Manure scores 1 and 5 are not desirable and may reflect a health problem besides dietary limitations. Score 4 droppings may reflect a need to rebalance the ration. As cows progress through their lactation, manure score may also shift as outlined below.
Fresh cows (score 2 to 2 ½)
Early lactation cows (2 ½ to 3)
Late lactation cows (3 to 3 ½)
Far off dry cows (3 to 4)
Close up dry cows (2 ½ to 3 ½)
Increasing the amount of degradable, soluble, or total protein; deceasing the amount or physical form of the fiber; increasing starch level, decreasing grain particle size (such as fine grinding or steam flaking), and consuming excess minerals (especially potassium and sodium) can cause manure scores to decline (for example from 3 to 2).
Manure Color
The color of manure is influenced by feed, amount of bile, and passage rate. Cows on pasture are dark green while hay based rations are more brown. High grain-based diets are more gray-like. Slower rates of passage causes the color to darken and become more ball-shaped with a shine on the surface due to mucus coating. Score 1 may be more pale due to more water and less bile content. Hemorrhage in the small intestine causes black and tar-like manure while bleeding in the rectum results in red to brown discoloration or streaks of red.
While manure evaluation is not scientifically or research based, it can be another tool to use on the farm. Once you become comfortable and skilled with the causes and results; you have earned your degree as a "manurologist".
Fecal Starch
Fecal starch can be conducted to evaluate if ration starch is being utilized by the dairy cow.   Cows may not use feed sources of starch due to physical form (not ground or processed correctly), rumen acidosis reducing microbial growth, and/or high rates of passage through the digestive tract.    Usually, the fecal starch cannot be seen when conducting a fecal washing.   If fecal starch is elevated, fecal pH may also be lowered due to fermentation in the large intestine.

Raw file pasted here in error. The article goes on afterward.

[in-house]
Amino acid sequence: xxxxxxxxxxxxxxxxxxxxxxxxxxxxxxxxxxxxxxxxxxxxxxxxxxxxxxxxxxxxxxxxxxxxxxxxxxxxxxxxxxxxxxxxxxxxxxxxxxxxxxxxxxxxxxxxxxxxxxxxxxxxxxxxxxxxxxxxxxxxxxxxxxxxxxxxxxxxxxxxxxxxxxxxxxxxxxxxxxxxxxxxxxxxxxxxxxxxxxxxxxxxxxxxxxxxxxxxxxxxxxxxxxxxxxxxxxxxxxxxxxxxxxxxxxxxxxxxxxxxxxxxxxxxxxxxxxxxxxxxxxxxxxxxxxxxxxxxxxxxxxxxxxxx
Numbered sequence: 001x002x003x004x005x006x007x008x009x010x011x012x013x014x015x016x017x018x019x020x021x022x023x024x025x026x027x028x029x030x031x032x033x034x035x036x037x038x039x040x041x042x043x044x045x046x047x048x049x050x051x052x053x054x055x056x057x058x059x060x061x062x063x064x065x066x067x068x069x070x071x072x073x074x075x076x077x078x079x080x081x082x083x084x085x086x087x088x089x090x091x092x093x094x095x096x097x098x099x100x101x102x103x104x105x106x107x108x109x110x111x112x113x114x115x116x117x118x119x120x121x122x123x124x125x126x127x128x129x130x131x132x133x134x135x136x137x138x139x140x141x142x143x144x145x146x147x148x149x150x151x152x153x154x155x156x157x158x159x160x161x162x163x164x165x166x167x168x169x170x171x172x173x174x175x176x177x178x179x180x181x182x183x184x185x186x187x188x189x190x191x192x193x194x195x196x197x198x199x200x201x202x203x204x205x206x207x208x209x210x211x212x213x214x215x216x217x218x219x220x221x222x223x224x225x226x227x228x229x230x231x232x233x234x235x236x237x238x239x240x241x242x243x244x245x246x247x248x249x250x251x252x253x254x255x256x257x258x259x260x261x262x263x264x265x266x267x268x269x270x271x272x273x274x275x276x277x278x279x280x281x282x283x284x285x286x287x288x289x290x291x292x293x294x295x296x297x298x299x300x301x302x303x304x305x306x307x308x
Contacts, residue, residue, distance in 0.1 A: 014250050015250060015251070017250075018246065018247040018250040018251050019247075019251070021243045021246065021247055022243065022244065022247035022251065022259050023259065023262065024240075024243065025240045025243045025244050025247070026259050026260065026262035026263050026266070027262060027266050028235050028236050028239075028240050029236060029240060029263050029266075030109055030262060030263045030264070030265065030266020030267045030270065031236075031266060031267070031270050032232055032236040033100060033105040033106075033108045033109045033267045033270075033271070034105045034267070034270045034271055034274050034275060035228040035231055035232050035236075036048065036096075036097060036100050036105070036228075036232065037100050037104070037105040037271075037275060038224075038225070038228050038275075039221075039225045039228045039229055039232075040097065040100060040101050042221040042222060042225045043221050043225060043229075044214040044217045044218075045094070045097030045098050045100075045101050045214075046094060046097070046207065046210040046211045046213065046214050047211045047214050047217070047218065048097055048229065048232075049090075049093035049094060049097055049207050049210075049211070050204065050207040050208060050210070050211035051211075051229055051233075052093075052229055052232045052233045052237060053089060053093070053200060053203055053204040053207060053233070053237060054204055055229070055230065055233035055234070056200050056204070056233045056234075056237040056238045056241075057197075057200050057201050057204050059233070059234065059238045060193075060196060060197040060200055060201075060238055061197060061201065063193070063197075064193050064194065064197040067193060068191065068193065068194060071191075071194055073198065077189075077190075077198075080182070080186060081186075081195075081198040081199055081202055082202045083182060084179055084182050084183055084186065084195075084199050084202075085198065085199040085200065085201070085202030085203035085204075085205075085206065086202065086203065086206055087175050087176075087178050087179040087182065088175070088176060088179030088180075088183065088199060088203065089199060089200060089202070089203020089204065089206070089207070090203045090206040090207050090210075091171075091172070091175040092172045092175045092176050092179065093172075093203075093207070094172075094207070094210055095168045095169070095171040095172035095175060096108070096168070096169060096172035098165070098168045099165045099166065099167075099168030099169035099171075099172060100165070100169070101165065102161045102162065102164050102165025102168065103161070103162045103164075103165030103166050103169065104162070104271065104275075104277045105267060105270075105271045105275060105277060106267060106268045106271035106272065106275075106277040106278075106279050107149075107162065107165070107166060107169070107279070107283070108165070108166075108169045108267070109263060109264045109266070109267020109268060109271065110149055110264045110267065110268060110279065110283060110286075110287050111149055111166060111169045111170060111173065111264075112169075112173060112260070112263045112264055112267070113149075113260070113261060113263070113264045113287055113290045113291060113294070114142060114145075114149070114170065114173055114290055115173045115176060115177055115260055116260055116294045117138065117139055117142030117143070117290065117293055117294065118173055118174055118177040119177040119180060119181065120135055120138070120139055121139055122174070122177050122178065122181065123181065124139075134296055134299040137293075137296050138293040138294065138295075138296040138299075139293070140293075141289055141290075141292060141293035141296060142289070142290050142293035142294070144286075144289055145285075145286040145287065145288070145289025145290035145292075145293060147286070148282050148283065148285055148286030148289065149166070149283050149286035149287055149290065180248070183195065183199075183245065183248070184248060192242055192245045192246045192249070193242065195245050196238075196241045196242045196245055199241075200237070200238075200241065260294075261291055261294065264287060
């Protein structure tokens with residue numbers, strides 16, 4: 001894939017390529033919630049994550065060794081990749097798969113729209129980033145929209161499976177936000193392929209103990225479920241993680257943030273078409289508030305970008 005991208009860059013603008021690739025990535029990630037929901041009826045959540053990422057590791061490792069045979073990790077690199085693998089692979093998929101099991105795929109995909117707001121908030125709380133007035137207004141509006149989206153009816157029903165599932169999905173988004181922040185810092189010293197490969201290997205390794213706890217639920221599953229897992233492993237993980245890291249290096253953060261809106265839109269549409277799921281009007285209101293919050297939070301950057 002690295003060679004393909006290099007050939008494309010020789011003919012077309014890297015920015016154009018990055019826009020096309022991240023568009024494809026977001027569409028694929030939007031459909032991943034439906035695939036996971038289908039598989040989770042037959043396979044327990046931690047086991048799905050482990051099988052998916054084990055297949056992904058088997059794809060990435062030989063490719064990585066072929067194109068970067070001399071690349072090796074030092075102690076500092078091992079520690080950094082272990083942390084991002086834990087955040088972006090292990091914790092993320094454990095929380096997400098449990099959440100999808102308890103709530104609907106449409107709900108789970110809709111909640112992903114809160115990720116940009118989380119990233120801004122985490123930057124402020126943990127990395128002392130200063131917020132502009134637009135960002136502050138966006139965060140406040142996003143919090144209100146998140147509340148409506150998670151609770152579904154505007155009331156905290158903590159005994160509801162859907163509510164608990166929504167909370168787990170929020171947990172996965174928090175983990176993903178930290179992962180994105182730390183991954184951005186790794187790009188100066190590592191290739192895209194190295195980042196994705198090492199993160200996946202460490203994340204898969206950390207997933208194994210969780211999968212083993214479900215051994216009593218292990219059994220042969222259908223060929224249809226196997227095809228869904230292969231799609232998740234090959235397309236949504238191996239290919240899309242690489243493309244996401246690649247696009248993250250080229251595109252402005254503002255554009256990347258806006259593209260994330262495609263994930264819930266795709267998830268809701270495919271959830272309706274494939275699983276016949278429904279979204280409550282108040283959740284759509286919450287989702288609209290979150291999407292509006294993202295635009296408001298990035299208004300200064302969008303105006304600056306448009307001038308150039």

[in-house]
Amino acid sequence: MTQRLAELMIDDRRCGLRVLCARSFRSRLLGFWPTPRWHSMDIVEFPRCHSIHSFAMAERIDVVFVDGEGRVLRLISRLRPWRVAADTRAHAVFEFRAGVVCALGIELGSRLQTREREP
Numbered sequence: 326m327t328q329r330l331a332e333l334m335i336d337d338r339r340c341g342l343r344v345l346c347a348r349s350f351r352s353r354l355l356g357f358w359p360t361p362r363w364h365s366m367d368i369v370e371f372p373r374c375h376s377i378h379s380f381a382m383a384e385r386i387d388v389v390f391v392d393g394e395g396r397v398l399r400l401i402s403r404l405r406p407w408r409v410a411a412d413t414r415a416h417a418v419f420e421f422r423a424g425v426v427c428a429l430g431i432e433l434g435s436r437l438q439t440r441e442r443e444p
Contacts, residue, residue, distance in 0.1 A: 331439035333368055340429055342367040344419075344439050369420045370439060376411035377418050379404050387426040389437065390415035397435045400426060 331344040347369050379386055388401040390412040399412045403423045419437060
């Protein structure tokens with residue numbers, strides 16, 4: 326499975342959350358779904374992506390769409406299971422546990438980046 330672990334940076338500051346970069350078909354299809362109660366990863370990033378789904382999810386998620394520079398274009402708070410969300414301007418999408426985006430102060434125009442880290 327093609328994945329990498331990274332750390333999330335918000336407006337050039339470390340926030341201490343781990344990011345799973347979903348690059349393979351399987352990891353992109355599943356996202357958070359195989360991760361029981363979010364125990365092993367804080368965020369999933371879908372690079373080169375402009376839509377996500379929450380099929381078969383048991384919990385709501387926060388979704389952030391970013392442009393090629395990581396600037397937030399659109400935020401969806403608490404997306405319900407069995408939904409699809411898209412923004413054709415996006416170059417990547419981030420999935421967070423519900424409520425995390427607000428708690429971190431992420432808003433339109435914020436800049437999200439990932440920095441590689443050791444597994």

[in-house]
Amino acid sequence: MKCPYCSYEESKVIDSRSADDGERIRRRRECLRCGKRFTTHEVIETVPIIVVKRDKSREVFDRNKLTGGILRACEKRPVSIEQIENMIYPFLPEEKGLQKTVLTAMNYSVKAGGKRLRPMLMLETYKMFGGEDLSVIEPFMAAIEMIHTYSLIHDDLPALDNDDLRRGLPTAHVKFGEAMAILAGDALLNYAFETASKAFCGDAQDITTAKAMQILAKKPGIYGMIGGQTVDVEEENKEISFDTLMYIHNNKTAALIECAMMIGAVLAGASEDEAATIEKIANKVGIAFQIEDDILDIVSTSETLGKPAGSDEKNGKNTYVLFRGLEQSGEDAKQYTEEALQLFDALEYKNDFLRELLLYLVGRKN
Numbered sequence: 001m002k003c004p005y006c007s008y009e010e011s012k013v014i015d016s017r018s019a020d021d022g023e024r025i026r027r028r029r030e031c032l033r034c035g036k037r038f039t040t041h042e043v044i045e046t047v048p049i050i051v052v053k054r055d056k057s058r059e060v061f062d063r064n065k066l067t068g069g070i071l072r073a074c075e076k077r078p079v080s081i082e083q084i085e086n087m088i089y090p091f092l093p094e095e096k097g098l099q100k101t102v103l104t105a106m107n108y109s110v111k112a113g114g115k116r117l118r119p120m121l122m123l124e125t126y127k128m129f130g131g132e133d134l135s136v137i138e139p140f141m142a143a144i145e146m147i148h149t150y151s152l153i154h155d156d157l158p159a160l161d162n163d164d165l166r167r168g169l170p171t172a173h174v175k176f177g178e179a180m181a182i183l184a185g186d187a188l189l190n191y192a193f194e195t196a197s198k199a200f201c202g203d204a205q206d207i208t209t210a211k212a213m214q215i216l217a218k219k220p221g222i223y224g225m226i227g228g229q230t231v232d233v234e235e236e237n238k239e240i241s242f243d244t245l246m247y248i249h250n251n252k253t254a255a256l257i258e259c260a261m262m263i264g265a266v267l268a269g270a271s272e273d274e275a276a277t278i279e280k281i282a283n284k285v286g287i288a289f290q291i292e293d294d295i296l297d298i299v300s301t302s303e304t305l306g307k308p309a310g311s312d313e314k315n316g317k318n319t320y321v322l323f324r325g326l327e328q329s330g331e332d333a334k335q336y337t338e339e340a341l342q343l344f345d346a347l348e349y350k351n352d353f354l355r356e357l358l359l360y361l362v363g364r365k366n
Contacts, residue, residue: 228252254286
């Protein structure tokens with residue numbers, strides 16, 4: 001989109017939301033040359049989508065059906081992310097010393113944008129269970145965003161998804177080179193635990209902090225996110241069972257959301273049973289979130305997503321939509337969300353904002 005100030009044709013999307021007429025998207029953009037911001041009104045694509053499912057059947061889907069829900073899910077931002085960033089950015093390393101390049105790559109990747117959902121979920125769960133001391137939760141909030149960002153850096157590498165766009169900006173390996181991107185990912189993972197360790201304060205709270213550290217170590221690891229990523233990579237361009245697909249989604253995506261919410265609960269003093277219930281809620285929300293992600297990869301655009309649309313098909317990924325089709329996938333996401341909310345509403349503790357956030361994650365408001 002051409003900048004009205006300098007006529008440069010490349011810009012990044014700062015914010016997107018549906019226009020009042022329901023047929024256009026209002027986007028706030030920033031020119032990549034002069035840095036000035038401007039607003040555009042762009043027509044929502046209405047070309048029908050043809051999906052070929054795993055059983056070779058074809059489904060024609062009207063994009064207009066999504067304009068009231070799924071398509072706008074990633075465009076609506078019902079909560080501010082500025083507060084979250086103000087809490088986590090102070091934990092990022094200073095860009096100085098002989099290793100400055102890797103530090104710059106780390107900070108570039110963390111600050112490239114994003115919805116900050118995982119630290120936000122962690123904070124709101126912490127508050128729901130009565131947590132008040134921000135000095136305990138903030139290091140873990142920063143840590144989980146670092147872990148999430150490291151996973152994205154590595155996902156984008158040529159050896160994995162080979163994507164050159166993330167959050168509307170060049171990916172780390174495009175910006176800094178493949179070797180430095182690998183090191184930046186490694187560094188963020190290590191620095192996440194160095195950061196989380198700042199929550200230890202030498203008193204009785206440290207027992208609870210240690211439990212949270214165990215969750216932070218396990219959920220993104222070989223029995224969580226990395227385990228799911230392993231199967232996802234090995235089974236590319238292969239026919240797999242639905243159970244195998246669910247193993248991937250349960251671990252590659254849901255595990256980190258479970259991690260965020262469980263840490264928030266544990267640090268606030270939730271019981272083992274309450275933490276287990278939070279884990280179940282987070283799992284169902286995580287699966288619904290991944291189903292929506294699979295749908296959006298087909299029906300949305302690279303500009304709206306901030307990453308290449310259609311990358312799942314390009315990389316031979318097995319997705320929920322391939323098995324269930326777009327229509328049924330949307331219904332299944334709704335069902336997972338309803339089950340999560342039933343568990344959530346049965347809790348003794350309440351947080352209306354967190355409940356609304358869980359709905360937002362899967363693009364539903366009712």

Fecal Starch Evaluation
Evaluating manure on the farm - Image 1
Evaluating manure on the farm - Image 2
University of PA Sampling
  • Sample 10 cows in a group that have been consuming the same ration for a period of two weeks. Cows should be 90 to 150 days in milk.
  • Samples should be taken from the rectum and mixed in a bucket from the 10 cows (handful per cow)
  • About 250 ml (2 cups) for analysis
Milk response
  • Fecal starch should be less than 4.5% represents total tract apparent digestibility of 90+ percent. 
  • If fecal starch can be reduced 1 unit (absolute decrease from 10% to 9%), milk production could increase 0.67 pound (dry matter intake remains constant).
Source: (Illini DairyNet Papers- Evaluating Manure on the Farm. Mike Hutjens, Extension Dairy Specialist, University of Illinois, Urbana 03/01/1999). Revised May 2013. 
 
Author/s :
Dr. Mike Hutjens specializes in dairy feeding and nutrition, specifically computer dairy ration formulation, feed particle size evaluation and farm troubleshooting and evaluation. He also focuses on dairy management and dairy judging and evaluation. He is the editor of the National Dairy Database and Illinois Dairy Report, and annually speaks at 90-100 meetings in Illinois and the Midwestern United States. He teaches Principles of Dairy Science, Introduction to Animal Sciences, Principles of Dairy Science, and Advanced Dairy Management and Dairy Feeding and Management.